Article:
Dutch greenhouse specialist FoodVentures is expanding into China after enjoying success across its international operations.

Managing partner Eric van der Meer told an audience at the Global Tomato Congress in Rotterdam that it was also expanding its Kazakhstan greenhouse operations from five to 20 hectares over the next two years, alongside a new greenhouse lined up for China.

The novel business model of FoodVentures sees the company build greenhouses in less developed parts of the world, providing premium fresh produce to growing middle classes in those regions.

“The idea is to go close to the market, to the cities where people are starting to eat more fresh produce from an organised supply chain, with modern retail and cold-chain supply,” Van der Meer said.

“We use best-in-class technology, in practise Dutch greenhouses, and supply chains which are second to none, using Dutch people, or from other countries such Israel, Turkey or Spain, where they have the relevant experience.”

Van der Meer said he hasn’t come across a greenhouse with a lower unit cost than FoodVentures' operation in Kazakhstan, due to the combination of high yields with very low energy costs.

Despite the growth potential of the markets in those regions, Van der Meer, whose background is in oil and gas, said the company faced greater risk as a result of its unorthodox locations, describing a constant battle with corruption.

FoodVentures’ first operation in Ukraine was affected by the civil war in 2014, with another greenhouse built in Georgia, growing tomatoes and lettuce.

“You never know what the customs authorities or the people who give permits are thinking. There’s small-scale and large-scale corruption that can hit you at any time.

“It’s like a monster you can never kill, you can only keep it at bay and it can always come back. You can never win.”

Van der Meer outlined recent aims to upscale the business in Kazakhstan, where it exports tomatoes to Russia.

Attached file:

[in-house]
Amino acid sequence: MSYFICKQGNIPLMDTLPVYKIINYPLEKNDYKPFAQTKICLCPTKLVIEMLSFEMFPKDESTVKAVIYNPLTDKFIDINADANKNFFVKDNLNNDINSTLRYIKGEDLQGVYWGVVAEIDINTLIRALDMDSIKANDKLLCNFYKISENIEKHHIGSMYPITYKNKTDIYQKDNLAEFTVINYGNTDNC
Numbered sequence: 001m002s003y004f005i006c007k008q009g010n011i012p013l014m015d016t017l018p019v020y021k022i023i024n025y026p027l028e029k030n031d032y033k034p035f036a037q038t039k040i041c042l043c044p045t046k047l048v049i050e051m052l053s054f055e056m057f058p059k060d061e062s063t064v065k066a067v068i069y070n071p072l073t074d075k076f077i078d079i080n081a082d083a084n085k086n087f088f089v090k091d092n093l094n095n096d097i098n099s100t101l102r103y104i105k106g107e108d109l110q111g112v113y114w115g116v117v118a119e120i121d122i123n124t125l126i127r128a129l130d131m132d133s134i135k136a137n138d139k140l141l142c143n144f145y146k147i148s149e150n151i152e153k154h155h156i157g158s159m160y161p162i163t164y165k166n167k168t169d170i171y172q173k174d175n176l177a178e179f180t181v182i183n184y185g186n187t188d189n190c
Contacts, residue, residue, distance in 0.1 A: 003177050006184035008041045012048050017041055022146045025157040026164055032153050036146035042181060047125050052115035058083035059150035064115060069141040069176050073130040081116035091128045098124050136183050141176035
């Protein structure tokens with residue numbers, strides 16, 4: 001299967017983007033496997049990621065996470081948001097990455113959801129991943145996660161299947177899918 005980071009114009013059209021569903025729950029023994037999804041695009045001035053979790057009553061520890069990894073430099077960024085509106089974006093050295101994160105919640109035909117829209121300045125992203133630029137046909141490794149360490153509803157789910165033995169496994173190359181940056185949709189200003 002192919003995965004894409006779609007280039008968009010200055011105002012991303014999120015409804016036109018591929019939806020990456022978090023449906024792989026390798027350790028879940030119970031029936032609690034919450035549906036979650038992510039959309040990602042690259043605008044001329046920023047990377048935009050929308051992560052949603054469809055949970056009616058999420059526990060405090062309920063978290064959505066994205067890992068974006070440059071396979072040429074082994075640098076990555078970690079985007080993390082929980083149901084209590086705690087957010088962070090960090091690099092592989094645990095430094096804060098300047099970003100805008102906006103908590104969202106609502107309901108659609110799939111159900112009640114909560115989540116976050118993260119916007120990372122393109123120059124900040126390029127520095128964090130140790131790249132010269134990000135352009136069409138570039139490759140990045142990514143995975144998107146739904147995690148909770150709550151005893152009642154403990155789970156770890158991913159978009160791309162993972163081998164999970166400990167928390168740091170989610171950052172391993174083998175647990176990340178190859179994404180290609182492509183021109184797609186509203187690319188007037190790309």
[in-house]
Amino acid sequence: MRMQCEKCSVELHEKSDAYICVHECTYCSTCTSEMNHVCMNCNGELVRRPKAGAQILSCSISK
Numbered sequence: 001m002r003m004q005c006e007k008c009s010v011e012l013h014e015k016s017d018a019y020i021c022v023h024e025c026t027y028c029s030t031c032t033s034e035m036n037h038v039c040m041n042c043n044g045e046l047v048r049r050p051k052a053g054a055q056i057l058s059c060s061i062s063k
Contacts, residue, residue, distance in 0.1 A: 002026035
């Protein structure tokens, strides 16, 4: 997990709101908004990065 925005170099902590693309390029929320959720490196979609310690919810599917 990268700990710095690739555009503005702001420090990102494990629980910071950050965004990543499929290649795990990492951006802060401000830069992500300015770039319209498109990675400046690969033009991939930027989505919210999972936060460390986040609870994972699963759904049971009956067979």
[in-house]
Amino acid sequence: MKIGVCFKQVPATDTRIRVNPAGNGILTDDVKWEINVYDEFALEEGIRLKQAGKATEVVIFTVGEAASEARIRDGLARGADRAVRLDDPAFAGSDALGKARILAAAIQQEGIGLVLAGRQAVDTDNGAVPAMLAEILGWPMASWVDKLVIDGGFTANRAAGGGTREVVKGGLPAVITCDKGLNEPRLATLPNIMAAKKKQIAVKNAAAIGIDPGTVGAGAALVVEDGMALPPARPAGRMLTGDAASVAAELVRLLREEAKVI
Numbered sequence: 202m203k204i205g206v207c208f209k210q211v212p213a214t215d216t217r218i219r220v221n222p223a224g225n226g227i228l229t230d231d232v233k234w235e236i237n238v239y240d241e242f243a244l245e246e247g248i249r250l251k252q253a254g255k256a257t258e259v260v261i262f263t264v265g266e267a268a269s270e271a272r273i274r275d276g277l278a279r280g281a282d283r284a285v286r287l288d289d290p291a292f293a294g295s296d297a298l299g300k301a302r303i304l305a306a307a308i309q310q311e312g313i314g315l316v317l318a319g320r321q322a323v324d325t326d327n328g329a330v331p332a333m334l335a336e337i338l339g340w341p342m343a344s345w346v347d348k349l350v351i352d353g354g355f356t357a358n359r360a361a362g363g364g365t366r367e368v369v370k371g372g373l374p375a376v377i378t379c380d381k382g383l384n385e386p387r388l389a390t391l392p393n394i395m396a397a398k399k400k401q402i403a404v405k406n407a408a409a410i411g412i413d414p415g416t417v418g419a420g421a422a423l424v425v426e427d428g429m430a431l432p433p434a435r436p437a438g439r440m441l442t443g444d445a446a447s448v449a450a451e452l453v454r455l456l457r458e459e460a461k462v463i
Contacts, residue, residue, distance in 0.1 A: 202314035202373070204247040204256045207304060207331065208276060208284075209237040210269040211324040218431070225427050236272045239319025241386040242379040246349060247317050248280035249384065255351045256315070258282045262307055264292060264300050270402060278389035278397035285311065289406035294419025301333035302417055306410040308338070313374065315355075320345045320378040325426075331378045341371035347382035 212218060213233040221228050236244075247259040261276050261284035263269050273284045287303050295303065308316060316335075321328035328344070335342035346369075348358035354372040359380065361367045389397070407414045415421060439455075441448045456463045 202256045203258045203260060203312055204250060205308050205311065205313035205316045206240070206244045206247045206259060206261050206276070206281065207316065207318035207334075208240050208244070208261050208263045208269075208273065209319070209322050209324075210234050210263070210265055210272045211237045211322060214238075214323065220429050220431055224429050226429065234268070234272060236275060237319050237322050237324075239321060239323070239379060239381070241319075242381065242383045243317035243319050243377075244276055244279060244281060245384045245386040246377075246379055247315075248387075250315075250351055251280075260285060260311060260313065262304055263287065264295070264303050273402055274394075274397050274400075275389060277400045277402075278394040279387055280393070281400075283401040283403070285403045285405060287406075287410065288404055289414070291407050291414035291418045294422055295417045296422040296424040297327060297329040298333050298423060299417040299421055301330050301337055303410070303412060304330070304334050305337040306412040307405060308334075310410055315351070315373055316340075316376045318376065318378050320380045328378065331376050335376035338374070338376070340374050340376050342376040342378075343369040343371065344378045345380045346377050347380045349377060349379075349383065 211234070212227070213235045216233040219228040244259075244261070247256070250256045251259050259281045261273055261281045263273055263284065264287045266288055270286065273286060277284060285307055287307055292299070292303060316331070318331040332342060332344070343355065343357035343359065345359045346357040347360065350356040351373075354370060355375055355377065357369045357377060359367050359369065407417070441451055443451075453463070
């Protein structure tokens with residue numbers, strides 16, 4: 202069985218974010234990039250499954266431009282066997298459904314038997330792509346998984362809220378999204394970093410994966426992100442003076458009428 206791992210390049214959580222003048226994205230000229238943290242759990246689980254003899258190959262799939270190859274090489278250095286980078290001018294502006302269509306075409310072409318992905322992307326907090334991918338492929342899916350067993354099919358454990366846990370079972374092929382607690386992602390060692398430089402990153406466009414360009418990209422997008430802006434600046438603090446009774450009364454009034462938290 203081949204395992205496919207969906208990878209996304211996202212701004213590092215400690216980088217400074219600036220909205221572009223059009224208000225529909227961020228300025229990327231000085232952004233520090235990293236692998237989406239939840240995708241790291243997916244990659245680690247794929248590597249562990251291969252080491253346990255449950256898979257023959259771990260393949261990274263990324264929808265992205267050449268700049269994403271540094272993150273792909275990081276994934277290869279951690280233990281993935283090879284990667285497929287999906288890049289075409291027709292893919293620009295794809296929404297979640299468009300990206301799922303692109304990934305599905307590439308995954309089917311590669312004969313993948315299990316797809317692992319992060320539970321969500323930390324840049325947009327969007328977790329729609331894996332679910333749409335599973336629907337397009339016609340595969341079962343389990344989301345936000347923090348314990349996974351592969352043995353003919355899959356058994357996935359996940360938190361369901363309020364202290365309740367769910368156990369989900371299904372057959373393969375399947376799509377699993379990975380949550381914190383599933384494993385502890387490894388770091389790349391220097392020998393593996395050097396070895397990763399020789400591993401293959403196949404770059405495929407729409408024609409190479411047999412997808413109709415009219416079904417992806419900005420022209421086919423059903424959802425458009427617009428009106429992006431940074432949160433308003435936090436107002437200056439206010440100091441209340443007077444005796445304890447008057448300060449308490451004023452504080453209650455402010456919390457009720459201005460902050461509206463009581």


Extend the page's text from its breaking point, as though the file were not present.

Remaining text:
“We developed the market in Kazakhstan where we now have five hectares in operations right next to the Russian border exporting mainly to Russia. The cities there are relatively large and relatively wealthy and very far away from the supply chain that traditionally comes from The West and Turkey.

“We’re doubling the size there and next May we’ll have ten hectares, which is significant for a country where things don’t go smoothly.”

He said the company was able to take advantage of the energy abundance in the region, where much of the unused gas is wasted by “flaring off”.

“We have a negative CO2 print. The CO2 that would have been released by flaring it as waste is now partially converted into tomatoes. To certain investors and consumers this is highly attractive.”

Despite the challenges FoodVentures face, Van der Meer said the reward is great if the producers are committed to operating in tough conditions, as well getting the backing of local communities.

The feedback is very positive – this is what everybody wants, high-quality food, employment, new technology, and foreign investment. We hit all the good marks,' he said.

“The difficulties are what make you stand out. This is not a normal environment but you create a better world starting with five hectares of tomatoes and if you like it you will tackle the difficulties and build a business that is better than your competitors.”